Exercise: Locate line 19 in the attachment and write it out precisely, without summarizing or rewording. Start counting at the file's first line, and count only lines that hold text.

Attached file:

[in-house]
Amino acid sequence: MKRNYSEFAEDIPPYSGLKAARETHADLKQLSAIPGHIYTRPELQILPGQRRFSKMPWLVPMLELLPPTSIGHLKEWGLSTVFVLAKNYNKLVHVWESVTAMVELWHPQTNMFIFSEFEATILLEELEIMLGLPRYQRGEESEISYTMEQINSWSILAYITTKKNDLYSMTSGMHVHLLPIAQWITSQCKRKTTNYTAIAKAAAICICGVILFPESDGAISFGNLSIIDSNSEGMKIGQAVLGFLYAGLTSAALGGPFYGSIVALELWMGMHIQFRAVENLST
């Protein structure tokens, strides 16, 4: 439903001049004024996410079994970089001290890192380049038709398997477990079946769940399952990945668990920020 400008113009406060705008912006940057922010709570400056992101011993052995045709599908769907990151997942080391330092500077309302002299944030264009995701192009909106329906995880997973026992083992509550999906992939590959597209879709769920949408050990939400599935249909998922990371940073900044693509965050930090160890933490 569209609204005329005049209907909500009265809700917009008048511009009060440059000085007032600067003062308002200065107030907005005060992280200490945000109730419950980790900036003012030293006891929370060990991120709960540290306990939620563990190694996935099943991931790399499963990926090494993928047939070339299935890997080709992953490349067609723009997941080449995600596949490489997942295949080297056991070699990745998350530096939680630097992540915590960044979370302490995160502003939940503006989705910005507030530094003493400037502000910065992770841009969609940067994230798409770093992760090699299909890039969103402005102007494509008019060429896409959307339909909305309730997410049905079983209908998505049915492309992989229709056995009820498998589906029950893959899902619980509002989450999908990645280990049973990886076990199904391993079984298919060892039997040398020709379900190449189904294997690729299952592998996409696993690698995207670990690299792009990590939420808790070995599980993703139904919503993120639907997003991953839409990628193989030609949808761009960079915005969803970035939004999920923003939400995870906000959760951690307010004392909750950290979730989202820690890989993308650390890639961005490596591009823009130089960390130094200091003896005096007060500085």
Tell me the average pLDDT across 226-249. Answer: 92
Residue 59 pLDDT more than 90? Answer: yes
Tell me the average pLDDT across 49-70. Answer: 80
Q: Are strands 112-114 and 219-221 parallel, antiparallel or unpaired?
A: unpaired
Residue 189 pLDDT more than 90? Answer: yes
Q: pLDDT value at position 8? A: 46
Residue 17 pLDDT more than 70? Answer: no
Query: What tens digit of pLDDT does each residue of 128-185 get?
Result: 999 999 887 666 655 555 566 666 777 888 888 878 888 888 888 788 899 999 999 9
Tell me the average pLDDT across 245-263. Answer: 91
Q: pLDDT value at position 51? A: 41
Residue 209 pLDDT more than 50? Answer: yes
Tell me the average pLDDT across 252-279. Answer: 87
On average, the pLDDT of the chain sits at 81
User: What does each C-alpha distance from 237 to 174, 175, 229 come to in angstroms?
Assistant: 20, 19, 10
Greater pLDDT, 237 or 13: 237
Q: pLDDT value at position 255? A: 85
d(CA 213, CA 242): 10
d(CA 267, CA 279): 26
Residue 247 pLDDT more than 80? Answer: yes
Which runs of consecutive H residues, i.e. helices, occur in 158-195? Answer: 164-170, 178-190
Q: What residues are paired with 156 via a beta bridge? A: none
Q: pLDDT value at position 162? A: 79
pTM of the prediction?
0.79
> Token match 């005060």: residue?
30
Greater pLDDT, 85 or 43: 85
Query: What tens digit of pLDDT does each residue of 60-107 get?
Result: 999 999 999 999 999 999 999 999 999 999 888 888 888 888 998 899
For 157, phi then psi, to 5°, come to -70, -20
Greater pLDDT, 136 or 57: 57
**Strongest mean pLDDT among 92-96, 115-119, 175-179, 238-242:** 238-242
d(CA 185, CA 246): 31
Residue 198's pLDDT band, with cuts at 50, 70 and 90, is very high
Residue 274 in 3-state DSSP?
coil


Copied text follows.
User: What does each C-alpha distance from 237 to 174, 175, 229 come to in angstroms?